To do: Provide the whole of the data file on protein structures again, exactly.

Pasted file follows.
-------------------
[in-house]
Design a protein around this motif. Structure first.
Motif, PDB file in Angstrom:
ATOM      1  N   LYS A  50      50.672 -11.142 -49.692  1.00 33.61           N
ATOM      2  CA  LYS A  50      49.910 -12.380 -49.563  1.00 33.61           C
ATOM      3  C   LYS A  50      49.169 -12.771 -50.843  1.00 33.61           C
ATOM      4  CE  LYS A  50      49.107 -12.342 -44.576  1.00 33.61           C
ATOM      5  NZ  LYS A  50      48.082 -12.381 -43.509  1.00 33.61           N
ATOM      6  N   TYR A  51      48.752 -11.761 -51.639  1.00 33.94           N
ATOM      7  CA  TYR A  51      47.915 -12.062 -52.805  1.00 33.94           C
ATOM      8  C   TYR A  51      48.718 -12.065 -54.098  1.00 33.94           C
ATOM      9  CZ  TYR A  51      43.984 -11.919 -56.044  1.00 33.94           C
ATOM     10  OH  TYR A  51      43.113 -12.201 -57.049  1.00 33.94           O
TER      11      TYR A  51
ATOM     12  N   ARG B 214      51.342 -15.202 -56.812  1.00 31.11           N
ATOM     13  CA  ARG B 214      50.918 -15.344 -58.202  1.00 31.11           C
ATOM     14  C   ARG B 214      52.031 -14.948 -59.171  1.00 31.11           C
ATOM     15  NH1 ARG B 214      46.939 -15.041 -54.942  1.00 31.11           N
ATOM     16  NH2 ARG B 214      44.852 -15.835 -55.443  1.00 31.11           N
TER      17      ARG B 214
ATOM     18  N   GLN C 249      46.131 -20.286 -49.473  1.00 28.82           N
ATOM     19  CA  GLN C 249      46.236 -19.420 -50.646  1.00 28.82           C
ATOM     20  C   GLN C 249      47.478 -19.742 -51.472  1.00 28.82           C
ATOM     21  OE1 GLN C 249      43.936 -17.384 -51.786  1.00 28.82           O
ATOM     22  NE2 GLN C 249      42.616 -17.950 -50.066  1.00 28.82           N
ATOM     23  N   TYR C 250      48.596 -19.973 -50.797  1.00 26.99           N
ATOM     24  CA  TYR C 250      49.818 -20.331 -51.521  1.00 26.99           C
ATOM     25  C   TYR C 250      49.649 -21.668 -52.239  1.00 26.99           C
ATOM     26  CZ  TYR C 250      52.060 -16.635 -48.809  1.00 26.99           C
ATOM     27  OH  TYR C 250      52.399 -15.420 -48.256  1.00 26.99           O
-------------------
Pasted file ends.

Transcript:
[in-house]
Design a protein around this motif. Structure first.
Motif, PDB file in Angstrom:
ATOM      1  N   LYS A  50      50.672 -11.142 -49.692  1.00 33.61           N
ATOM      2  CA  LYS A  50      49.910 -12.380 -49.563  1.00 33.61           C
ATOM      3  C   LYS A  50      49.169 -12.771 -50.843  1.00 33.61           C
ATOM      4  CE  LYS A  50      49.107 -12.342 -44.576  1.00 33.61           C
ATOM      5  NZ  LYS A  50      48.082 -12.381 -43.509  1.00 33.61           N
ATOM      6  N   TYR A  51      48.752 -11.761 -51.639  1.00 33.94           N
ATOM      7  CA  TYR A  51      47.915 -12.062 -52.805  1.00 33.94           C
ATOM      8  C   TYR A  51      48.718 -12.065 -54.098  1.00 33.94           C
ATOM      9  CZ  TYR A  51      43.984 -11.919 -56.044  1.00 33.94           C
ATOM     10  OH  TYR A  51      43.113 -12.201 -57.049  1.00 33.94           O
TER      11      TYR A  51
ATOM     12  N   ARG B 214      51.342 -15.202 -56.812  1.00 31.11           N
ATOM     13  CA  ARG B 214      50.918 -15.344 -58.202  1.00 31.11           C
ATOM     14  C   ARG B 214      52.031 -14.948 -59.171  1.00 31.11           C
ATOM     15  NH1 ARG B 214      46.939 -15.041 -54.942  1.00 31.11           N
ATOM     16  NH2 ARG B 214      44.852 -15.835 -55.443  1.00 31.11           N
TER      17      ARG B 214
ATOM     18  N   GLN C 249      46.131 -20.286 -49.473  1.00 28.82           N
ATOM     19  CA  GLN C 249      46.236 -19.420 -50.646  1.00 28.82           C
ATOM     20  C   GLN C 249      47.478 -19.742 -51.472  1.00 28.82           C
ATOM     21  OE1 GLN C 249      43.936 -17.384 -51.786  1.00 28.82           O
ATOM     22  NE2 GLN C 249      42.616 -17.950 -50.066  1.00 28.82           N
ATOM     23  N   TYR C 250      48.596 -19.973 -50.797  1.00 26.99           N
ATOM     24  CA  TYR C 250      49.818 -20.331 -51.521  1.00 26.99           C
ATOM     25  C   TYR C 250      49.649 -21.668 -52.239  1.00 26.99           C
ATOM     26  CZ  TYR C 250      52.060 -16.635 -48.809  1.00 26.99           C
ATOM     27  OH  TYR C 250      52.399 -15.420 -48.256  1.00 26.99           O